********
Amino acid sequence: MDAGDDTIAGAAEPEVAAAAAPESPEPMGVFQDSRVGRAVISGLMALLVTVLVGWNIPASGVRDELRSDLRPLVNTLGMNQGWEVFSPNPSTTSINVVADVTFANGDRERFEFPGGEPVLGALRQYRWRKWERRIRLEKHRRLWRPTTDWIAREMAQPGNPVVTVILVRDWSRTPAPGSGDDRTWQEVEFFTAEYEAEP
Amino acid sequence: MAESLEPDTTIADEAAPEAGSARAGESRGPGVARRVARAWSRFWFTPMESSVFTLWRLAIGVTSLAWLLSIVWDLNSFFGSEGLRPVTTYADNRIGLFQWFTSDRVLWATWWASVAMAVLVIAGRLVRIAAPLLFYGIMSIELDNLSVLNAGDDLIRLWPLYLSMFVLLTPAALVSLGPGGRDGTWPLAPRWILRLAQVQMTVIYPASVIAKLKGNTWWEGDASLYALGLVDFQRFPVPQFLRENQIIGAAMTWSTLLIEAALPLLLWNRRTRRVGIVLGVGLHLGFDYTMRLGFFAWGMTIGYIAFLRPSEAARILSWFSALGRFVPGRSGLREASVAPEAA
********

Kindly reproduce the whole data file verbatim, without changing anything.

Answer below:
Amino acid sequence: MDAGDDTIAGAAEPEVAAAAAPESPEPMGVFQDSRVGRAVISGLMALLVTVLVGWNIPASGVRDELRSDLRPLVNTLGMNQGWEVFSPNPSTTSINVVADVTFANGDRERFEFPGGEPVLGALRQYRWRKWERRIRLEKHRRLWRPTTDWIAREMAQPGNPVVTVILVRDWSRTPAPGSGDDRTWQEVEFFTAEYEAEP
Amino acid sequence: MAESLEPDTTIADEAAPEAGSARAGESRGPGVARRVARAWSRFWFTPMESSVFTLWRLAIGVTSLAWLLSIVWDLNSFFGSEGLRPVTTYADNRIGLFQWFTSDRVLWATWWASVAMAVLVIAGRLVRIAAPLLFYGIMSIELDNLSVLNAGDDLIRLWPLYLSMFVLLTPAALVSLGPGGRDGTWPLAPRWILRLAQVQMTVIYPASVIAKLKGNTWWEGDASLYALGLVDFQRFPVPQFLRENQIIGAAMTWSTLLIEAALPLLLWNRRTRRVGIVLGVGLHLGFDYTMRLGFFAWGMTIGYIAFLRPSEAARILSWFSALGRFVPGRSGLREASVAPEAA